5 Questions Employees Should Ask About Workplace Contact Tracing

Contact tracing required to go back to work? Here are five questions employees should ask their employers about the health data that gets collected.

Put aside the concerns over whether we’ll ever go back to work again.

Put aside all the questions about how we’re going to arrange our desks and our lives once we get back to work.

Put aside the concerns that the workplace (whether we’ve ever left it or not) is rapidly becoming one of the most surveilled spots on earth.

Put aside all the questions about what existing laws say about gathering data on employees, and about what changes to existing laws will say, and about whether there will ever be a federal privacy law offering the clarity we’re all clamoring for.

Put aside all this and ask yourself: what do you want to know about your employer’s efforts at collecting and tracking your health data before you go back to work?

(I want to recognize right here that the amounts and type of data gathered will differ dramatically from company to company, running the gamut from a simple self-assertion of good health right on up to full contact tracing, using an app or a locator that tracks proximity at work and possibly even away from work.)

5 Basic Questions

Make no mistake, the desire to contain the spread of COVID-19 will bring about higher levels of data collection in the workplace. This will likely include the collection of health data completely unrelated to HIPAA, our existing health data law.

That means it’s up to all of us—whether we’re making the policies or simply living with them—to ask some basic questions about what information we disclose and how it’s used.

What’s the goal of data collection?

You may assume you know the answer, but it’s important your employer has a clearly stated goal for data collection so you will know the collection will cease when the goal has been met.

What information do you need to meet the purpose?

It’s far too easy for those collecting data to ask for more than they need, just in case. It’s easier than coming back later to ask for more. But you’d be right to ensure your employer is collecting the minimum data needed to meet their goal.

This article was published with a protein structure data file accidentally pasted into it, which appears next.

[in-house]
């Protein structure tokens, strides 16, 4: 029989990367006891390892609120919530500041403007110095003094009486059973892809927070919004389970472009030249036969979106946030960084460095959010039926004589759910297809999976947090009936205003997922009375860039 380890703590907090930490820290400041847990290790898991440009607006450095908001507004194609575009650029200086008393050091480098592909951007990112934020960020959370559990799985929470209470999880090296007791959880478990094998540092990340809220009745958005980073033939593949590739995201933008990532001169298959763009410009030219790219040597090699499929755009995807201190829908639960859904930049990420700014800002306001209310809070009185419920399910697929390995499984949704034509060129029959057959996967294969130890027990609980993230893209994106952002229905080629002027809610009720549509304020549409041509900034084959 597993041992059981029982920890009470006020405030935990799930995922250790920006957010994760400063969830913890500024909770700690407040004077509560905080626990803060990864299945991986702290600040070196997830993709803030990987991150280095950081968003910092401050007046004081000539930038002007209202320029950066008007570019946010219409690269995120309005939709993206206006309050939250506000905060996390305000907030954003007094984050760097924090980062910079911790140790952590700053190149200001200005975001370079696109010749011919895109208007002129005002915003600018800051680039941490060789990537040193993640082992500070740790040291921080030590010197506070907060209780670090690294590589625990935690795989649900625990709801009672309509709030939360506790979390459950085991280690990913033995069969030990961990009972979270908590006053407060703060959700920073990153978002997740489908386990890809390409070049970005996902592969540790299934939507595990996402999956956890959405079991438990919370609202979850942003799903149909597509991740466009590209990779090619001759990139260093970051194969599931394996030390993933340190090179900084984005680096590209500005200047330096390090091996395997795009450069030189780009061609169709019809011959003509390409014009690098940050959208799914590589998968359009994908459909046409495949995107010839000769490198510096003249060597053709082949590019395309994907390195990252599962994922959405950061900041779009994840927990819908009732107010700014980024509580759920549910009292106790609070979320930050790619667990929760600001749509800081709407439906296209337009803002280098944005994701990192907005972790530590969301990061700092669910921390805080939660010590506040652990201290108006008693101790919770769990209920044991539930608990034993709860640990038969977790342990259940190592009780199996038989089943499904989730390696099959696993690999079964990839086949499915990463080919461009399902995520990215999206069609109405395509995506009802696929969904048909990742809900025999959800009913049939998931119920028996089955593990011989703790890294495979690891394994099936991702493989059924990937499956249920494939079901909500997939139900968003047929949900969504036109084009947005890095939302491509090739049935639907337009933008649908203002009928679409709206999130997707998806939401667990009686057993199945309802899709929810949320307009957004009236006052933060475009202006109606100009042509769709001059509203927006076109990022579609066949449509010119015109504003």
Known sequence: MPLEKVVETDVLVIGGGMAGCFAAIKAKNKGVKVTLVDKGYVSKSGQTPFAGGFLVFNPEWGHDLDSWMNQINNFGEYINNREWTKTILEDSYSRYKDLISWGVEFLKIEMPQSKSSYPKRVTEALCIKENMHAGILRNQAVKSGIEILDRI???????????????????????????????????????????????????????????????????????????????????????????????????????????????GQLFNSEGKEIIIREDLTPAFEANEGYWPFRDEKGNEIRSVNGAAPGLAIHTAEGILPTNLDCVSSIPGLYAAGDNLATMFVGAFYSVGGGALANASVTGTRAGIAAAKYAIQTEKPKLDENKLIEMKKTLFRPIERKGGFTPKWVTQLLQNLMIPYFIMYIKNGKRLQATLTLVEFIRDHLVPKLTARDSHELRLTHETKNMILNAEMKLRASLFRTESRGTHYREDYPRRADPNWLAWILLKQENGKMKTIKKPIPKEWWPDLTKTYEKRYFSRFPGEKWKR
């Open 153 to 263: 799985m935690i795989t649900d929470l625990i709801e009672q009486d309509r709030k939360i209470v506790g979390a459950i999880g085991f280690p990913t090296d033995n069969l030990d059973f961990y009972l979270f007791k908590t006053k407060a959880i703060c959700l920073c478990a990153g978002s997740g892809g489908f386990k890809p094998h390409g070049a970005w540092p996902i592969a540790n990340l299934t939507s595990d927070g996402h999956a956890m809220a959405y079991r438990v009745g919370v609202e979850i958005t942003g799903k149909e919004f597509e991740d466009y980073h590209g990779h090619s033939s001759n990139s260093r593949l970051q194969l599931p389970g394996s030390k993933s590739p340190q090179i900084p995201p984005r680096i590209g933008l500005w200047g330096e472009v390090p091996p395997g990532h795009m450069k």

How will you be storing this data?

You have a right to know what is being done with the health data being collected, from how it’s stored (encryption is a must for digital data; lock and key for any physical records) to how long it is being held. You should know what’s required to access the data, including whether access requires multi-factor authentication. These are security questions as much as privacy questions—but that’s just fine, because the two are closely related.

Who will have access to my data?

COVID-related data collection is going to be like no other, as it may involve outside health professionals or even other people from your company who don’t normally handle employee data. You have a right to know who is collecting and accessing this data, and how they’ve been trained to protect it.

Who are you sharing this data with?

If the goal of COVID-related data collection is to reduce the spread of disease in your community, it may be your employer is sharing data with a local health agency. If this is the case, you deserve to know so you can assure yourself this entity is also doing the right thing when it comes to your data. Ideally, your company will also share with you the precise details of data sharing agreements it has signed.

Just Scratching the Surface of Data Privacy

Keep in mind that these questions and my brief answers barely scratch the surface of the possible questions that arise out of employment-related health data collection.

On any one of these questions, further digging would reveal much more about your company’s understanding and embrace of such critical privacy principles as data minimization, data usage, data sharing, etc.

With any luck, you’re already familiar with most of these principles, likely because you work at a company with a good privacy and security awareness program (that also follows guidelines such as those promoted in this simple infographic published by the International Association of Privacy Professionals, or IAPP).

Such programs equip employees to understand the key privacy and security principles underlying all data collection, and to apply their understanding to both their work and their personal lives. Such programs make people better employees and better citizens, equipping them to function in today’s digital world. If you don’t have the kind of program that equips your employees to ask these kinds of question, well … why not?

Bonus Question: Are You Tracking Me Outside the Workplace?

If the questions above satisfy your need to know, that’s probably a good sign that you feel comfortable with what your employer is asking—and that they haven’t overstepped their bounds.

But some proposed solutions to track COVID infection also expect to monitor employee movement outside the office and outside work hours, possibly alerting you (and your employer) to contacts and movement you may well wish to keep to yourself. Up to now, this type of tracking has been more imagined than reality—and I for one hope it stays that way.

In the end, the best approach, no matter who you are giving your data to for whatever reason, is to be informed and active in managing your own personal data.


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